"And Jesus increased in wisdom and in years, and in divine and human favor." (Luke 2:52)
This story of Jesus as a boy of 12, amazing the teachers in the Temple, appears only in the Gospel of Luke within our canonized Bible. Just before this passage, Luke also includes the story about Jesus’ parents taking him to the Temple to be dedicated when he was 8 days old. A prophet named Simeon was at the Temple, guided by the Holy Spirit to be there. When baby Jesus, held by his parents, entered, Simeon knew that he was looking at the Messiah. The prophetess Anna also praised the child as the Savior.
Jesus’ parents were good Jewish disciples, and they raised him within the traditions of the Jewish faith. All male Jews were required to attend the Temple in Jerusalem three times a year, at Passover, Pentecost, and the Feast of the Tabernacles. It was not easy to travel to Jerusalem in those days (no cars, planes, or trains), so most men tried to go at least once a year. The text tells us that Joseph and Mary went at Passover, the feast commemorating Israel’s deliverance from Egypt (Exodus 12). At 12, Jesus was still considered a child, but would be preparing to become a full member of the synagogue at age 13.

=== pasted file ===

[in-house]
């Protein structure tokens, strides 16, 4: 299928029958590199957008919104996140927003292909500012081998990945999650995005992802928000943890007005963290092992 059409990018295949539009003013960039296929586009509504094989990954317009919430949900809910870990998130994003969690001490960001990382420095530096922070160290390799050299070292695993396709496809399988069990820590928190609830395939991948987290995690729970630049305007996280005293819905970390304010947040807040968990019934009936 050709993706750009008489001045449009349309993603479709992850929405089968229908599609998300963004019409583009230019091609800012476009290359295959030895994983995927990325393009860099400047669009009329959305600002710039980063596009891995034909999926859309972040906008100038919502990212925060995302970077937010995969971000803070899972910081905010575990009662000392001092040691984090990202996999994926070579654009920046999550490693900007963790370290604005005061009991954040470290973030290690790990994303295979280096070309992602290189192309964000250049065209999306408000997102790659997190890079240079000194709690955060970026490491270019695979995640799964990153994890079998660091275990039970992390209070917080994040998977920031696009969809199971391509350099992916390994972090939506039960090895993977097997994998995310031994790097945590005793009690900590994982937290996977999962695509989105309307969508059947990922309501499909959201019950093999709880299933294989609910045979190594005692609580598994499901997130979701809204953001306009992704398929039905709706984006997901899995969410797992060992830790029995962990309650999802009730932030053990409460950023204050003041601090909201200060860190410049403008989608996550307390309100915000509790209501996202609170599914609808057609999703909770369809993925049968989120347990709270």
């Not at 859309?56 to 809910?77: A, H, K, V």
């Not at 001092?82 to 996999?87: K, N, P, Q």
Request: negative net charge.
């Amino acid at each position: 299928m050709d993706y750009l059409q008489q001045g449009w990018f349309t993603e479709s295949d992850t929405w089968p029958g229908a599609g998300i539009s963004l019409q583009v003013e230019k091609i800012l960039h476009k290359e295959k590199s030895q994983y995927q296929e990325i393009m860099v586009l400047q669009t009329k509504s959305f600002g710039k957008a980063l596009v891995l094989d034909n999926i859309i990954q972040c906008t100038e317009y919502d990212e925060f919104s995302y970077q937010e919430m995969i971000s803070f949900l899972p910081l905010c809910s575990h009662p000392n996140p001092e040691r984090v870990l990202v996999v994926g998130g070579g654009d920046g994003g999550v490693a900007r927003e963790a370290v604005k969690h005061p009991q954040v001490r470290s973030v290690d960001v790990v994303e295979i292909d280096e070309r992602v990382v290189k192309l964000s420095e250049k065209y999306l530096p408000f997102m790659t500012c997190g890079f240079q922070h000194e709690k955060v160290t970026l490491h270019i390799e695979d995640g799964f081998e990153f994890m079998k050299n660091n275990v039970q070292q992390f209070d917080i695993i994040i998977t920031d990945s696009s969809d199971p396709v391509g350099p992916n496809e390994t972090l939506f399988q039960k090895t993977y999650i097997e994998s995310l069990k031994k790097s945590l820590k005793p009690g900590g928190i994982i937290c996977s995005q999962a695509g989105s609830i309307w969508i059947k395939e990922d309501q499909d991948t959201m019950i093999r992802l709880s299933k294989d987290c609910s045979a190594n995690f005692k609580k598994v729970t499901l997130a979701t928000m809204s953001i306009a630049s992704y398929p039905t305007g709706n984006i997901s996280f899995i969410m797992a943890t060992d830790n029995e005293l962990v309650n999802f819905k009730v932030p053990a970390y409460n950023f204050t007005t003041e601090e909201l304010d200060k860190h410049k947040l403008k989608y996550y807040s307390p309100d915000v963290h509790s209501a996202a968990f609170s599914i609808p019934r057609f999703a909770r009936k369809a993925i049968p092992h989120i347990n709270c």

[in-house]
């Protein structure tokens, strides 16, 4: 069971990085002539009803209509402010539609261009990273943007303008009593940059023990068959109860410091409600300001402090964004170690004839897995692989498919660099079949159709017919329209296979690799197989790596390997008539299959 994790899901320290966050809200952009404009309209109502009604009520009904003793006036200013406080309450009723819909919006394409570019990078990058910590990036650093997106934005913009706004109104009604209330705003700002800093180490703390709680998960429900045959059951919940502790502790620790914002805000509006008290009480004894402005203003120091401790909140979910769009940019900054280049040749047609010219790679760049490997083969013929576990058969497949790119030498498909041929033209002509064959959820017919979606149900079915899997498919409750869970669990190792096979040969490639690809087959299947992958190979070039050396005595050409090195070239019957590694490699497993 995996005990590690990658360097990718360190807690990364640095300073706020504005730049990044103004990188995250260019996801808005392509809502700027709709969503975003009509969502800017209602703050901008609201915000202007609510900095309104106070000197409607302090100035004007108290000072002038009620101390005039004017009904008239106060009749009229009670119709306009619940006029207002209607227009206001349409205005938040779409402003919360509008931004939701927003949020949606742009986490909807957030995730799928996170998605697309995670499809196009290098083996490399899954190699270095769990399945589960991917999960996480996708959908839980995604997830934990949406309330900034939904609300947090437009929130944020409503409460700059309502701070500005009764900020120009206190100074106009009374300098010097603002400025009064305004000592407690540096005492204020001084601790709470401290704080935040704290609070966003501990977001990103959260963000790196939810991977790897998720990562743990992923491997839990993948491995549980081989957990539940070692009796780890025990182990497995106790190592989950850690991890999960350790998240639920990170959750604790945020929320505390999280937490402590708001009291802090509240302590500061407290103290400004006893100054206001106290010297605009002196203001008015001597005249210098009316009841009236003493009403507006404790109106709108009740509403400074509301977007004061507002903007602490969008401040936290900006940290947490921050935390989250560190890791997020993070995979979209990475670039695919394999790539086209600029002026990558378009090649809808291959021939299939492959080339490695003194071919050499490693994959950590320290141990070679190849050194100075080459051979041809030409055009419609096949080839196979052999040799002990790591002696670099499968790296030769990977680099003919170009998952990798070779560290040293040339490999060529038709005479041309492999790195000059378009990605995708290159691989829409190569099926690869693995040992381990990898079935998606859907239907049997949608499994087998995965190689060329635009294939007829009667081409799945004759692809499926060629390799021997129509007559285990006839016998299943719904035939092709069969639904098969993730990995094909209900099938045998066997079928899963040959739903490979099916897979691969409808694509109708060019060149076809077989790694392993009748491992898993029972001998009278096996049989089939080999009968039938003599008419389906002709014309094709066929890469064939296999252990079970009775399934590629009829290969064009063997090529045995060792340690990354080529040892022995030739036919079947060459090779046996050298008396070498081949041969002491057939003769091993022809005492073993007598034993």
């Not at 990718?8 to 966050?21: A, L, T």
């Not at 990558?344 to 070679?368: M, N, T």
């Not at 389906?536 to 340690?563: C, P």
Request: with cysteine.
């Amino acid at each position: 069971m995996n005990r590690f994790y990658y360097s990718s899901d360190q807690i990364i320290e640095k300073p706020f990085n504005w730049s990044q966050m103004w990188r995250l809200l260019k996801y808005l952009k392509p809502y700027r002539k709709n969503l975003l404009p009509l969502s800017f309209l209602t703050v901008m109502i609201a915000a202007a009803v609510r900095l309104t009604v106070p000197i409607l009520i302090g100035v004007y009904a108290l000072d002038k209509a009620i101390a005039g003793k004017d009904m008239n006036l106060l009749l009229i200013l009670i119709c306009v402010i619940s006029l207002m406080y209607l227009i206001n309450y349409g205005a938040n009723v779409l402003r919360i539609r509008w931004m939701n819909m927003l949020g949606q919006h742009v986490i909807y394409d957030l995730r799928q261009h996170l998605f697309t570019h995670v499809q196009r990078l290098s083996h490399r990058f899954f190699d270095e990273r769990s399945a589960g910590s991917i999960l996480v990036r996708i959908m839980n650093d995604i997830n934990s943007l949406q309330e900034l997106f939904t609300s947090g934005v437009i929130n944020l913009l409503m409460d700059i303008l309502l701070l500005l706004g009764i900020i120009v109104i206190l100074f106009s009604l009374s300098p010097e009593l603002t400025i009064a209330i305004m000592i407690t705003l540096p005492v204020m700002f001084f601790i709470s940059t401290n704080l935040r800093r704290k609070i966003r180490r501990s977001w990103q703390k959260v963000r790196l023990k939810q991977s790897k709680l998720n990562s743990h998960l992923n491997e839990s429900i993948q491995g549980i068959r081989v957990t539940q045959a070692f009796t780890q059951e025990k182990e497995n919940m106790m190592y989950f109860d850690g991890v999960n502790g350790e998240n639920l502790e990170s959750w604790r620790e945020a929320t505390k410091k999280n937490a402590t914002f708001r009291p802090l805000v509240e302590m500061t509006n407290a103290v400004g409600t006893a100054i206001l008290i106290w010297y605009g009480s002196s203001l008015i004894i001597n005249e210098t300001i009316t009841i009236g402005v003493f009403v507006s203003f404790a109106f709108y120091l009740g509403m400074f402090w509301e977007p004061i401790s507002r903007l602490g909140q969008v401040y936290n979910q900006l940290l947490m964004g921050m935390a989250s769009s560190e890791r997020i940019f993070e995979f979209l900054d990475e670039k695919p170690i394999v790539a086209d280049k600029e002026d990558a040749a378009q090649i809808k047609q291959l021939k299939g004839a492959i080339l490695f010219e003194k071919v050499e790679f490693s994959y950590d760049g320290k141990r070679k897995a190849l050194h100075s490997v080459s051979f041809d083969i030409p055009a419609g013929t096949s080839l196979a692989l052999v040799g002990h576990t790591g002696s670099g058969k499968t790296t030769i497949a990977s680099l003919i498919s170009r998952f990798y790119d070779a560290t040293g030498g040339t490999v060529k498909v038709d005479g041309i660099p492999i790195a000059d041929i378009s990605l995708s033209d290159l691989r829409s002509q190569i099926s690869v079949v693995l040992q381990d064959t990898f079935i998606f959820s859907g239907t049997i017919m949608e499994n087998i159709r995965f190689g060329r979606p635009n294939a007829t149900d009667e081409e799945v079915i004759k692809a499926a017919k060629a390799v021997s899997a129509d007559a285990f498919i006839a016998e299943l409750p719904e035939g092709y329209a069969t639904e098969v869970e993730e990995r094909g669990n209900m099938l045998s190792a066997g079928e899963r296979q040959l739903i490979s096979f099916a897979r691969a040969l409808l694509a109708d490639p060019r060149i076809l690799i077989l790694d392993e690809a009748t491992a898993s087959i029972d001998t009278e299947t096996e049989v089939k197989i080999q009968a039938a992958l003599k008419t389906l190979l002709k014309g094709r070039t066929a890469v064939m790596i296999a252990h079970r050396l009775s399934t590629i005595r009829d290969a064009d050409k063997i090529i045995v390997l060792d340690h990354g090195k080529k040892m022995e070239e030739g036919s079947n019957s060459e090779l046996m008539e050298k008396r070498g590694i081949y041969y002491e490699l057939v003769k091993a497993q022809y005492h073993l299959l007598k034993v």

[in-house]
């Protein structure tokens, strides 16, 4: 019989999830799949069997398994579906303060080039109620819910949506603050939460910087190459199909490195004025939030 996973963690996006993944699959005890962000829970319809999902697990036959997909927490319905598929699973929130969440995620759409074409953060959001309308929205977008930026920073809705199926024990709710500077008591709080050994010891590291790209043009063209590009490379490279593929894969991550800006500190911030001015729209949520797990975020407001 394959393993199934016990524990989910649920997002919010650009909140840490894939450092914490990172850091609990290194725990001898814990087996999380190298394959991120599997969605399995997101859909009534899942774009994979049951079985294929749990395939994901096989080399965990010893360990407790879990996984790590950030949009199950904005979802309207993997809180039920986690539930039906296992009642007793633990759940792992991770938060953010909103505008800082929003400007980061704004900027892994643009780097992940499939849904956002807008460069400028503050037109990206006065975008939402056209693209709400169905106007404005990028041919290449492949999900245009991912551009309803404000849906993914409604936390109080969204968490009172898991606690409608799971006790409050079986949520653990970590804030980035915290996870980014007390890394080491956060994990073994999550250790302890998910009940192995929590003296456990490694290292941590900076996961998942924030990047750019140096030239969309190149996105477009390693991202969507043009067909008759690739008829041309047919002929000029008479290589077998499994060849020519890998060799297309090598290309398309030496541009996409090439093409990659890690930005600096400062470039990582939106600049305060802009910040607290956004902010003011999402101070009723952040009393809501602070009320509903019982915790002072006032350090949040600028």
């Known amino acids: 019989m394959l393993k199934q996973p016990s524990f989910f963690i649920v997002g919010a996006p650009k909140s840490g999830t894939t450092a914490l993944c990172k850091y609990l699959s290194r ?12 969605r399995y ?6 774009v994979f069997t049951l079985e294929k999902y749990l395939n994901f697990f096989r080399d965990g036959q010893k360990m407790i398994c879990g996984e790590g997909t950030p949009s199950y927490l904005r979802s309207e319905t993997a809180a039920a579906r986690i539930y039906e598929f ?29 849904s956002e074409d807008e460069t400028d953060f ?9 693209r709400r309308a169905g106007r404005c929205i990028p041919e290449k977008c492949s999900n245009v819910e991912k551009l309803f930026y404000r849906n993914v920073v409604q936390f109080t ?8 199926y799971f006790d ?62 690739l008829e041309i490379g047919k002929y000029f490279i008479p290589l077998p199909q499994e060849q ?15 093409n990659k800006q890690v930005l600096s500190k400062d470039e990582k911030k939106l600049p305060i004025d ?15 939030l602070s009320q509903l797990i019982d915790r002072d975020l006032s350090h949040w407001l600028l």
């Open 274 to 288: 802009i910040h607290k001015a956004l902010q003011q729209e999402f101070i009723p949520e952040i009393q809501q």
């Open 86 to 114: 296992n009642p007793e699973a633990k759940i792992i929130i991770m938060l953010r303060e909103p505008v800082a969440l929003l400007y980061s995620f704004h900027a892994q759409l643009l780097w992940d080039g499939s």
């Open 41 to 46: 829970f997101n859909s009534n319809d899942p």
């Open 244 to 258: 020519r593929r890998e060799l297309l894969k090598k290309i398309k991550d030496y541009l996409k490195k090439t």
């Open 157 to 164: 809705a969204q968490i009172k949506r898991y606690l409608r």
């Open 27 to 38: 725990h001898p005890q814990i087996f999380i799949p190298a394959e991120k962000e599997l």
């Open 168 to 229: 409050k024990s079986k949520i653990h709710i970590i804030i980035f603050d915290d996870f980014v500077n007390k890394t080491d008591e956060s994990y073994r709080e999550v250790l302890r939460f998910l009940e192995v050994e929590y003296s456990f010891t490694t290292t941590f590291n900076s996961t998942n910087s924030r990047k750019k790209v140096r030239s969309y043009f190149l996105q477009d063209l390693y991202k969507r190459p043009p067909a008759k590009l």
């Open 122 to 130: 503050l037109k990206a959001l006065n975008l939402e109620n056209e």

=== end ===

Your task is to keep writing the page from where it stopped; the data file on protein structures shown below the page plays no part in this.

Since families travelled to such occasions in caravans, it would be easy for his parents to assume Jesus was with other family members as the caravan left the city. After they stopped for the night, Mary and Joseph could not find Jesus. It would take them another day to get back to Jerusalem. Then they began searching for Jesus. On the third day they found him in the Temple, amazing the teachers with his questions and answers. Christian Education in those days consisted mainly of men gathering in such groups, and presenting problems to be solved.